Exactly 54 days after Lisa B. Nelson, the new CEO of the American Legislative Council (ALEC), started her job, Eric Schmidt, the chairman of Google, dropped the bomb: Google wanted out of its relationship with ALEC. "That was some sort of mistake," Schmidt said on The Diane Rehm Show when a caller asked why Google was supporting the organization. "We're trying to not do that in the future."
"It"s like breaking up via text with your girlfriend when you're 16," said Nelson, presumably before throwing out the mixtapes and Google hoodie Eric gave her and unfriending him on Facebook. Wait a minute, she couldn't do that, because Facebook is also leaving ALEC. Well, then maybe she could post a picture of her trashed hoodie and mixtapes to Yahoo's Flickr site? Nope, Yahoo"s ditching ALEC, too.
How about leaving mean reviews of Google, Flickr and Yahoo on Yelp? Sorry, Yelp already gave ALEC the thumbs down. And before she opens Outlook to send some "actually-I'm the-one-who-broke-up-with-YOU" emails, she might recall that even Microsoft has Ctrl-Z'd its relationship with ALEC.
Any way you look at it, Lisa B. Nelson's first 60 days on the job were, as they say, character building. But, really, she shouldn't take it personally. It's not her -- it's ALEC.
What is it about ALEC that has given so many Big Tech firms cold feet? For that matter, what is ALEC, exactly? It calls itself a nonpartisan organization that focuses on the principles of limited government, free markets and federalism. Not quite. The New York Times, reporting on Google's defection, described ALEC as "a conservative-leaning group that has urged repeal of state renewable power standards and other pro-renewable policies." And the Times was being kind.
ALEC is actually one of the most brazen attempts to steal our democracy that corporate interests have yet conceived. The "council" is composed of representatives from corporations, along with state legislators. Corporations like Exxon Mobil and Koch Industries pay fees along with other generous financial contributions. The legislators pay nominal dues but are forced to bring their families on all-expenses-paid vacations, where they mingle with their corporate benefactors and receive "model" bills (written by the corporations for the corporations). The rested-and-relaxed lawmakers can then take these Stepford bills home and introduce them in their state houses. The only way to make this easier would be to cut out the middleman and just let the corporations pass the laws themselves.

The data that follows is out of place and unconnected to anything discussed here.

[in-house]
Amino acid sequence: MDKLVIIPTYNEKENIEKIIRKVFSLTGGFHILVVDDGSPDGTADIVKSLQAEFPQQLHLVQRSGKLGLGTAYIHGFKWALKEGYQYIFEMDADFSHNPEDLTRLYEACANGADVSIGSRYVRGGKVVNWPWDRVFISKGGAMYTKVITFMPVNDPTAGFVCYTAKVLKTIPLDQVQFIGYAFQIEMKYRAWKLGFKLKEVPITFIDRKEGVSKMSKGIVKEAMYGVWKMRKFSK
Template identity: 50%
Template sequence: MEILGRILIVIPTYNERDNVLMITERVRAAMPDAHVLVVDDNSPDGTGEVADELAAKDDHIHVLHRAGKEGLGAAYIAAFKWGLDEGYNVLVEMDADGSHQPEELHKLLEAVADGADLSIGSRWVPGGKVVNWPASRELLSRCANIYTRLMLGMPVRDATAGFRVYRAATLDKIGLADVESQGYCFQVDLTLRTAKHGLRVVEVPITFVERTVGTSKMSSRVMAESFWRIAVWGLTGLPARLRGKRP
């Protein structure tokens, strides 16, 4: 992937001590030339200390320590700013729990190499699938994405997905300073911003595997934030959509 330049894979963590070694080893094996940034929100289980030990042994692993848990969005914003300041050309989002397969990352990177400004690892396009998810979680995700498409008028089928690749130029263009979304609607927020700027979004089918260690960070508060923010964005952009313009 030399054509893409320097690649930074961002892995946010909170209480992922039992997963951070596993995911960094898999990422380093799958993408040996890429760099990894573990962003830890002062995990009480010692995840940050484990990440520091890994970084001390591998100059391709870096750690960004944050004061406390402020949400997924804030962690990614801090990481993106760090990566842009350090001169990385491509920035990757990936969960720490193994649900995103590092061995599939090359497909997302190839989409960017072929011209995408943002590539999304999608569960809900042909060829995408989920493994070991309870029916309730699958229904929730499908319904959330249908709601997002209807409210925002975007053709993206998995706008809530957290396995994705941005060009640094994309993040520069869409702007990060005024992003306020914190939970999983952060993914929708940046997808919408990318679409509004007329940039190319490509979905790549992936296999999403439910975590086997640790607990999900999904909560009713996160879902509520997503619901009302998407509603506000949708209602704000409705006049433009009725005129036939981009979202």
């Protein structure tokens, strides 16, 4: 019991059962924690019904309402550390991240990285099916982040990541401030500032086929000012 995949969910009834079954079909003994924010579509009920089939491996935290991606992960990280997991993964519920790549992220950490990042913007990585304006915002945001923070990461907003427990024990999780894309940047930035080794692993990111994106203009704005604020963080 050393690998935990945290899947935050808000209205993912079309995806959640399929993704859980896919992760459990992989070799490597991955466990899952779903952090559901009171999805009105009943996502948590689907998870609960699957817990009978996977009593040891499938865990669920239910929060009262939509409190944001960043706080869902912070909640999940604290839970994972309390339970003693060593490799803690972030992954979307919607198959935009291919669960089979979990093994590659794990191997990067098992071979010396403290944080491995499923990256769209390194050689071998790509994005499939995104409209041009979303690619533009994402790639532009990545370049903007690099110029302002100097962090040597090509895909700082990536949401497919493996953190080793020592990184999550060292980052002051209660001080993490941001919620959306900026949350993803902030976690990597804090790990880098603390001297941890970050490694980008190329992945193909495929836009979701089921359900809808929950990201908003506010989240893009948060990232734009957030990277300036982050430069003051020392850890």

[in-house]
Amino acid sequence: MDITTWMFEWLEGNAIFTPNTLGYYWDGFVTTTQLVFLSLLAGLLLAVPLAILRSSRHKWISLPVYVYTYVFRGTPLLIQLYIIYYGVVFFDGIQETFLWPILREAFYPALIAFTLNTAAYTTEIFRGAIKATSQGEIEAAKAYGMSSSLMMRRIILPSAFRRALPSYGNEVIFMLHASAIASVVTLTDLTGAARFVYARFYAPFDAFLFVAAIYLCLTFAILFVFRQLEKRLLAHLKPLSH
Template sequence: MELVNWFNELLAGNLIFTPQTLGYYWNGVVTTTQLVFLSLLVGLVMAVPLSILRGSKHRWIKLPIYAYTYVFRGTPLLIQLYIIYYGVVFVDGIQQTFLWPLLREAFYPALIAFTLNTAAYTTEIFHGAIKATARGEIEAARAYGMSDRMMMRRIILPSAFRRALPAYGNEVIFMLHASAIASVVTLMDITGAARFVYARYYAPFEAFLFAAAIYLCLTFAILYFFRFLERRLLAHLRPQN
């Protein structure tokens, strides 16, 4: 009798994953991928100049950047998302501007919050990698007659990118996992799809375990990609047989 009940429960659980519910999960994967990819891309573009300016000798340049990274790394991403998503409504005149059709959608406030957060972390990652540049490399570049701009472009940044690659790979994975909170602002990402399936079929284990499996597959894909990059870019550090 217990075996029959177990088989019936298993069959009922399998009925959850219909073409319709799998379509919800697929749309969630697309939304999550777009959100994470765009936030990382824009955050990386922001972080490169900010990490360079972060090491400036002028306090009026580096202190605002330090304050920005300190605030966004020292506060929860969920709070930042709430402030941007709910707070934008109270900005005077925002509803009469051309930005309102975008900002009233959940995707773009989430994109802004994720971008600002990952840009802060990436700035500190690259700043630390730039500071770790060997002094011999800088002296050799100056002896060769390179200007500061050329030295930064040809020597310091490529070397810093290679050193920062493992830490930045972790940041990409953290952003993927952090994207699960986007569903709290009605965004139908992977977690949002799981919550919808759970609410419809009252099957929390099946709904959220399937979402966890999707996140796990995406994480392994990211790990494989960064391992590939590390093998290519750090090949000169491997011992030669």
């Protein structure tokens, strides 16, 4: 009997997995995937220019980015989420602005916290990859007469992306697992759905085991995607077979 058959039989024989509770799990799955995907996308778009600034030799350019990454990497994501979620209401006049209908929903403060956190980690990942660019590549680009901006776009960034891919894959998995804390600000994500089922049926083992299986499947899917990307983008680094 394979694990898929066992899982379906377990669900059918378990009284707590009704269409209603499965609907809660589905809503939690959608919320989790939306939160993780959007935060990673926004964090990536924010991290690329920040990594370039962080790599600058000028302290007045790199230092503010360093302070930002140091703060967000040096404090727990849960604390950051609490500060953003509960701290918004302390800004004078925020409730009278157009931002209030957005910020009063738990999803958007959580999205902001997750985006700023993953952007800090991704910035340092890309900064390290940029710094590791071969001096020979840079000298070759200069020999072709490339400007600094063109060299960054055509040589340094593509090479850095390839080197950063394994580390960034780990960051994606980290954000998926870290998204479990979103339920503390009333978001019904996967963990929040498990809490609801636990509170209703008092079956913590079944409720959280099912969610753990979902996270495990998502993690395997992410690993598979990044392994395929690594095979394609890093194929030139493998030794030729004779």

Because this all happens at the state level, it tends to fly under the national radar. It's also aimed dead at the heart of our absolutely critical local campaigns to develop clean energy and combat climate change.
ALEC exists solely to do the will of the corporations that bankroll it, which is how technology firms got seduced into supporting it in the first place. They hoped ALEC could help them with issues aligned with their own values, such as an open Internet.
What changed? The Climate Movement, which reared its head and roared on September 21 around the world, has made it a lot harder for some companies to keep turning a blind eye to the harm that ALEC does by undermining clean energy and funding climate denial.
Eric Schmidt was blunt: ALEC is "literally lying" about the reality of climate change, he said. "[They] are really hurting our children and our grandchildren and making the world a much worse place. And so we should not be aligned with such people." I can see how that would be a problem for a company whose official corporate motto is still "Don't be evil."
"Our citizens keep marching," said President Obama at the UN Climate Summit last month, one day after hundreds of thousands around the world mobilized to demand climate action. "We cannot pretend we do not hear them."
That is the strength of a movement like this one. It blazes a light that makes it impossible to miss the difference between what is good and what is evil. And here's how strong we have grown: Last week, Occidental Petroleum -- an oil company! -- announced it was leaving ALEC rather than be associated with its positions on climate change and EPA regulations. Other tech (and non-tech) companies that have severed ties with ALEC include Amazon, General Electric, Apple, Coca-Cola, General Motors, Bank of America and Proctor & Gamble. Many of these companies left a few years ago after Color of Change and other grassroots organizations called out ALEC for its support of voter-suppression and "stand your ground" laws around the country.
Unfortunately, ALEC still has plenty of corporate funders who are willing to ignore the difference between what's good and what's evil. Perhaps Lisa Nelson shouldn't have been so quick to toss that Google hoodie -- she could have sold it on eBay!
That's right: eBay is still supporting an organization that Apple, Amazon, Google, Microsoft, Yelp, Yahoo and Facebook have all unfriended.
Send a message to CEO John Donahoe today and tell him that it's about time eBay, too, opened its eyes and saw the light.